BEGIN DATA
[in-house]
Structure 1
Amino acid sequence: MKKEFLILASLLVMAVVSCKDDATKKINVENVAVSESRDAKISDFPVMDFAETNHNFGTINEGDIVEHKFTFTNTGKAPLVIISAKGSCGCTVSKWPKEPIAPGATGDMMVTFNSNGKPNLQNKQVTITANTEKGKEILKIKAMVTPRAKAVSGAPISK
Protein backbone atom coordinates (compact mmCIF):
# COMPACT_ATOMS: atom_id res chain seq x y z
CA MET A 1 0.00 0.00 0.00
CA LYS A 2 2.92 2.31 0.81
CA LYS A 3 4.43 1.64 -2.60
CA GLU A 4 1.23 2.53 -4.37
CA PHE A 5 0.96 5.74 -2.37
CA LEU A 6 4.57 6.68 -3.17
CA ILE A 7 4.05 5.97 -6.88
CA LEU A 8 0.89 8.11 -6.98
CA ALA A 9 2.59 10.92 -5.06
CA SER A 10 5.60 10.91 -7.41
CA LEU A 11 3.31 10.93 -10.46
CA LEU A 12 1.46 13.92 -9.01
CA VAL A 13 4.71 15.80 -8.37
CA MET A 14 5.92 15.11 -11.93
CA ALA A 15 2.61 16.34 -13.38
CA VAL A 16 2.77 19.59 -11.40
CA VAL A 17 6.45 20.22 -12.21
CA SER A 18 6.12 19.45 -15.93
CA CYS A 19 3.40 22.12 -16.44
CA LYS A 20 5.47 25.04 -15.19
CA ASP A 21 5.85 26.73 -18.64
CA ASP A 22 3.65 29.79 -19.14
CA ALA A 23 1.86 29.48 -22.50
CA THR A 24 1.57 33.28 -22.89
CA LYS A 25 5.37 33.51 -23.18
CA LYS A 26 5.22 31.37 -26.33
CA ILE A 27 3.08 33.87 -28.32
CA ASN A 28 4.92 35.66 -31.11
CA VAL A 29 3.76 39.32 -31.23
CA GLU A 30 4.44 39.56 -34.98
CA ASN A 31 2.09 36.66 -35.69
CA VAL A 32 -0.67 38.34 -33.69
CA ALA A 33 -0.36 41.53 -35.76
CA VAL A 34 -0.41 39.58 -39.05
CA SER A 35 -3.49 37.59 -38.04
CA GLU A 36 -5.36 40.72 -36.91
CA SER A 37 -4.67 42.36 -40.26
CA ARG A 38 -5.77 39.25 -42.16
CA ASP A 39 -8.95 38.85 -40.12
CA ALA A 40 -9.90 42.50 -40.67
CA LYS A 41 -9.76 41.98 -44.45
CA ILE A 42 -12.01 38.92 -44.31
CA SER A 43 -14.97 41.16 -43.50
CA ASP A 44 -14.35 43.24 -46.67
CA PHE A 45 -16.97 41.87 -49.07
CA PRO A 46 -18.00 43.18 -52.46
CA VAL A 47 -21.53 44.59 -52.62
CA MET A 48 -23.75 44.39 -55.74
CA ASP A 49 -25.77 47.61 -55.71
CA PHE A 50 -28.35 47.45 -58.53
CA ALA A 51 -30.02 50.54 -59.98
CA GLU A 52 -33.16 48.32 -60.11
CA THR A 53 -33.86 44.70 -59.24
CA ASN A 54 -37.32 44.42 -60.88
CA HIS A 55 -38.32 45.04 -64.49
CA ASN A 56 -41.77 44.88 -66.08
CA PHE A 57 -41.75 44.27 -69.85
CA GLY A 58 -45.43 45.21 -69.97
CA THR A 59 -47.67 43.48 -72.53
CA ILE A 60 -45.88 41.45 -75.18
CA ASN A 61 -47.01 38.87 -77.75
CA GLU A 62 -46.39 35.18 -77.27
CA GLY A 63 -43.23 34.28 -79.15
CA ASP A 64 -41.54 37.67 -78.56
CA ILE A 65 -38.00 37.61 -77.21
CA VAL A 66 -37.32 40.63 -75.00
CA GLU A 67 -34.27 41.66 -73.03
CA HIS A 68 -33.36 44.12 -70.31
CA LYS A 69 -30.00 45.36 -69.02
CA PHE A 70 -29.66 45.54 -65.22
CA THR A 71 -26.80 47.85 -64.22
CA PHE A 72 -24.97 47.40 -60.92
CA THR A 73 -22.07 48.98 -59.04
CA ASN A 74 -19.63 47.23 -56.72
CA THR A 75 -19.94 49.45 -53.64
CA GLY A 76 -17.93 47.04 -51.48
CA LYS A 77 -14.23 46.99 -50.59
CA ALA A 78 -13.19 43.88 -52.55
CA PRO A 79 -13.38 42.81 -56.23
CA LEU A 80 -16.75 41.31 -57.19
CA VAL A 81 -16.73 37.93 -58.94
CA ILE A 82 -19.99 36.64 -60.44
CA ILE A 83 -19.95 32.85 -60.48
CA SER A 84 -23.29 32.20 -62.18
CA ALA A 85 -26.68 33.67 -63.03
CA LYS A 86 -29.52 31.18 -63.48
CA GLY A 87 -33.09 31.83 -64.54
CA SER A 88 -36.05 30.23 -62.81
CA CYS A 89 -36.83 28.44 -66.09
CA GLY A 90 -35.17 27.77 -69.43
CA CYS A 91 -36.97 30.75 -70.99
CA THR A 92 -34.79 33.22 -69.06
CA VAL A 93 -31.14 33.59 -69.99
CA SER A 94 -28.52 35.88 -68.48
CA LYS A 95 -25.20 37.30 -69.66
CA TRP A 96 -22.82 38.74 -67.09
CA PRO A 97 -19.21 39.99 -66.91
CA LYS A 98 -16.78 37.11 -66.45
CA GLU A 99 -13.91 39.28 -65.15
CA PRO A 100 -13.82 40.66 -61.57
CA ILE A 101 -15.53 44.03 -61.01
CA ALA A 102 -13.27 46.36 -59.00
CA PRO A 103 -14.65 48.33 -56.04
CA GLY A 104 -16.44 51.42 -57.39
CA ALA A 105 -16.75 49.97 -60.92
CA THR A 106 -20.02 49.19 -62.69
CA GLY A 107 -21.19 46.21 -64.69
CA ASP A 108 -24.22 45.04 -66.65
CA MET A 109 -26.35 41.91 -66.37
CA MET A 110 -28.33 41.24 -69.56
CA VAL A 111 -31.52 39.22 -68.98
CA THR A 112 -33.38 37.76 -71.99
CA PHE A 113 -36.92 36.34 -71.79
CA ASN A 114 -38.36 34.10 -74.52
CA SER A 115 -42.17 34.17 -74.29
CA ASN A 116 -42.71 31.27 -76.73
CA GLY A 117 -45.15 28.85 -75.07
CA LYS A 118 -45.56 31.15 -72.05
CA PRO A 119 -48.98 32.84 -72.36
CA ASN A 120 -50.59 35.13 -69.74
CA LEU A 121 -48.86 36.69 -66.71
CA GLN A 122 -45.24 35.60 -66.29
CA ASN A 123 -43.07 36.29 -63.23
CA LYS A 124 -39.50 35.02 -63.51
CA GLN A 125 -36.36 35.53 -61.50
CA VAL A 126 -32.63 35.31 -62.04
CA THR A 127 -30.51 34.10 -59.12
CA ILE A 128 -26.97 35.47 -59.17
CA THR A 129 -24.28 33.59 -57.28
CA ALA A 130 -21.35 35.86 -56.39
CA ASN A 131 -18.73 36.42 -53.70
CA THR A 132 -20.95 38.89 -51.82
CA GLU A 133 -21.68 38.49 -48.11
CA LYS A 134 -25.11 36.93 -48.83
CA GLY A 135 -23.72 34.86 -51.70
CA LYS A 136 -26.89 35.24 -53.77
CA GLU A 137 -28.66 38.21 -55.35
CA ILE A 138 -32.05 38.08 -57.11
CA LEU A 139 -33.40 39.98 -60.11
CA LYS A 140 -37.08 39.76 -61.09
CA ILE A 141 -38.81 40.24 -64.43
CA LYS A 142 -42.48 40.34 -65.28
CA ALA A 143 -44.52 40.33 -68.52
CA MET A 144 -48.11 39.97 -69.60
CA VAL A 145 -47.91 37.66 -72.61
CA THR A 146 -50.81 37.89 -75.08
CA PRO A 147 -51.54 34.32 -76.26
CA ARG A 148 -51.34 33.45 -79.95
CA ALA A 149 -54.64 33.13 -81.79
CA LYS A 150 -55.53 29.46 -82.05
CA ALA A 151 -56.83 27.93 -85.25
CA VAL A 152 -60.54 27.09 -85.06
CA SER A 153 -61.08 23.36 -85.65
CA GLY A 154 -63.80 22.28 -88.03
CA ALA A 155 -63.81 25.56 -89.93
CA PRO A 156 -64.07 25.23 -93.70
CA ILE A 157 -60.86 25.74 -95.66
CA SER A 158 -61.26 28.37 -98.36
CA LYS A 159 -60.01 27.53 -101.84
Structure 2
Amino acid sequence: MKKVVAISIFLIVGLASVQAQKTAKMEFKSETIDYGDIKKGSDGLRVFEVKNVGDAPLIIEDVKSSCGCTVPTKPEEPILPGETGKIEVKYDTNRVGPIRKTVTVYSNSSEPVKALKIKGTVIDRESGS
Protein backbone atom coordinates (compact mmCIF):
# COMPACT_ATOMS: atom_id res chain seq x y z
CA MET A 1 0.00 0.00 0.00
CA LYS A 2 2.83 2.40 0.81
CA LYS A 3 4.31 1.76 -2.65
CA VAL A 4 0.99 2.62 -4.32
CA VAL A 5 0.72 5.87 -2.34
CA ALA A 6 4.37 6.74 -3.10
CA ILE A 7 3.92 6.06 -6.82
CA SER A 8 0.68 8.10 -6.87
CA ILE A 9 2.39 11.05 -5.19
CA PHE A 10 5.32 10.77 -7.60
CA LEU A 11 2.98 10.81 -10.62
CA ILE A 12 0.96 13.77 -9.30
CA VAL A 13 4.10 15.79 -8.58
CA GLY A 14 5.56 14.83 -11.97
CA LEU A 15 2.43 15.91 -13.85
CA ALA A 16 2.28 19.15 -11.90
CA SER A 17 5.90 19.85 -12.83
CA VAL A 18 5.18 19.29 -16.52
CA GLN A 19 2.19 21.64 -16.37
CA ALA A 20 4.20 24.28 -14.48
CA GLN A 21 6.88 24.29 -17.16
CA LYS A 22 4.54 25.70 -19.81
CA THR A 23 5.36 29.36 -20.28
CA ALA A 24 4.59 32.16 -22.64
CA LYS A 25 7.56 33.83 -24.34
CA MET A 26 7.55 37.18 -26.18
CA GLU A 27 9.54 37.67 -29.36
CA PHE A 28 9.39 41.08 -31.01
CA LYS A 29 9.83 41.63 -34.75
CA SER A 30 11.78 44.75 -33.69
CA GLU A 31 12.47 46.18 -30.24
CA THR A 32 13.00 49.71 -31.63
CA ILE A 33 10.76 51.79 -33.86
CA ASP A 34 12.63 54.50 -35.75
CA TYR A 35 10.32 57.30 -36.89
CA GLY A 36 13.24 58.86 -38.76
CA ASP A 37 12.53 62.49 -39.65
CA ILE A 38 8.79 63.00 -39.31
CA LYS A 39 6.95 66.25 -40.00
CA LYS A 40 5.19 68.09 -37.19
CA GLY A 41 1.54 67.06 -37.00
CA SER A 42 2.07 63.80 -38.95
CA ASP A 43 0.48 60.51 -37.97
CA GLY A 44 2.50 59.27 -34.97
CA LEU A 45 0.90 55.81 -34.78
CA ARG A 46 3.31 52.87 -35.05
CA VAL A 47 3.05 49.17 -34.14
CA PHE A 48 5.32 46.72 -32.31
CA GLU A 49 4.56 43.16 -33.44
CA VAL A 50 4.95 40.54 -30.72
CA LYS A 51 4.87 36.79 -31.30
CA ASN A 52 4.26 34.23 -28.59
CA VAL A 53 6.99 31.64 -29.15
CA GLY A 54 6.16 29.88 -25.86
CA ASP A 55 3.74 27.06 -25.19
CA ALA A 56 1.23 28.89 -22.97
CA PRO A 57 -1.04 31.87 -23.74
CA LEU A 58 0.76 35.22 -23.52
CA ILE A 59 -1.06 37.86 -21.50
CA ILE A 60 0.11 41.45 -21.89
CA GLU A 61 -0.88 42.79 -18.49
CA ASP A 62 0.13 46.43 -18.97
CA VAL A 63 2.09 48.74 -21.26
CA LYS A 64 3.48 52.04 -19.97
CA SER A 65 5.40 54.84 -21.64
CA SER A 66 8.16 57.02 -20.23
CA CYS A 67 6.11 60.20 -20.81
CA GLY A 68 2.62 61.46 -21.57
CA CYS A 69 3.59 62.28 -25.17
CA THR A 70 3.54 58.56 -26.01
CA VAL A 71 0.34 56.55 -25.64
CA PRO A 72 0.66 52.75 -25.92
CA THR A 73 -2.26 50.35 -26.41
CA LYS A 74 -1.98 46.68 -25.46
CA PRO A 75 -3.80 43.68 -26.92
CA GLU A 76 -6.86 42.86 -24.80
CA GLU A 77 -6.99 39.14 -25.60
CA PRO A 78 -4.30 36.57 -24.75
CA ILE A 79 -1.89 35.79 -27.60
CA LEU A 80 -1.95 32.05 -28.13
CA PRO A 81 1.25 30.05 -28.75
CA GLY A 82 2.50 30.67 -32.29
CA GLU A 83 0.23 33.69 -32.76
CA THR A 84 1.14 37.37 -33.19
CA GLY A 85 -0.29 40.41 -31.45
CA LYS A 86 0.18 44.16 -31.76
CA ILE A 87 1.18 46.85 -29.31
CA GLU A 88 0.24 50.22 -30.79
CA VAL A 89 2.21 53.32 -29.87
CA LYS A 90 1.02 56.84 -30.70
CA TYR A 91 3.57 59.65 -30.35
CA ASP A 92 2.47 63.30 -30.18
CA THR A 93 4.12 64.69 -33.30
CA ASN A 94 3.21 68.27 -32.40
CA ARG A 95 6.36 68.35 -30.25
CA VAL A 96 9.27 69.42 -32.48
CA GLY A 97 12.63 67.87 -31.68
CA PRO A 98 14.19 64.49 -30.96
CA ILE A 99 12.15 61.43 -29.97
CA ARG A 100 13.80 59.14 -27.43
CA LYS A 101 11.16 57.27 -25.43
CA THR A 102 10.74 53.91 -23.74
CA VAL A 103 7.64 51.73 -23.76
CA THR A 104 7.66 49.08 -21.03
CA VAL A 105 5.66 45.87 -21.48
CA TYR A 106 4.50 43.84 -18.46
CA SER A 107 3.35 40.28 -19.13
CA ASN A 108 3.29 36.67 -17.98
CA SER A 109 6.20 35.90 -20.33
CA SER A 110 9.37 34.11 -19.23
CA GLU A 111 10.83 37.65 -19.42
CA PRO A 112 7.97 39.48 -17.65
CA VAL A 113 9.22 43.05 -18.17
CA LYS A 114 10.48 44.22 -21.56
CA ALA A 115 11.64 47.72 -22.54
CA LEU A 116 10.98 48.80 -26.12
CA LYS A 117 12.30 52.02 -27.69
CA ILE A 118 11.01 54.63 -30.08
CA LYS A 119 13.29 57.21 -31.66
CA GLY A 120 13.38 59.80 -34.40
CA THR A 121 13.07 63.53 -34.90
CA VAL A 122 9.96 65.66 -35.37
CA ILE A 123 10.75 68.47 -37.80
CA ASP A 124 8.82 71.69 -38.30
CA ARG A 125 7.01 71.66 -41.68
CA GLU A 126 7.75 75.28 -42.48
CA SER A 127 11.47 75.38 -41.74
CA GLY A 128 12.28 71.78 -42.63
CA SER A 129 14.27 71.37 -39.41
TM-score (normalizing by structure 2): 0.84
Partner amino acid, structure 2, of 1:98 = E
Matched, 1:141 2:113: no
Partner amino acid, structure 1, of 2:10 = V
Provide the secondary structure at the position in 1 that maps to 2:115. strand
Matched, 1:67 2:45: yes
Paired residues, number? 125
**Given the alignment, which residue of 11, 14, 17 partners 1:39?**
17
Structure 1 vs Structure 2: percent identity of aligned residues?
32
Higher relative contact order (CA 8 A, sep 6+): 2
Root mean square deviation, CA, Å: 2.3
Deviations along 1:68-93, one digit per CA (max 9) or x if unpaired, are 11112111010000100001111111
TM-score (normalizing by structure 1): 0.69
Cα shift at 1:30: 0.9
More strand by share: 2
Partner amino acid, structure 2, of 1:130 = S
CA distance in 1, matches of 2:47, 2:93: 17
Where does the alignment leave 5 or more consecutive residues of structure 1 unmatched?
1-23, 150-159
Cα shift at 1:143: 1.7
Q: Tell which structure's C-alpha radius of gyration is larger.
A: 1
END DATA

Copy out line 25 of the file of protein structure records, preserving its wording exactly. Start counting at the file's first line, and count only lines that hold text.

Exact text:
CA LYS A 20 5.47 25.04 -15.19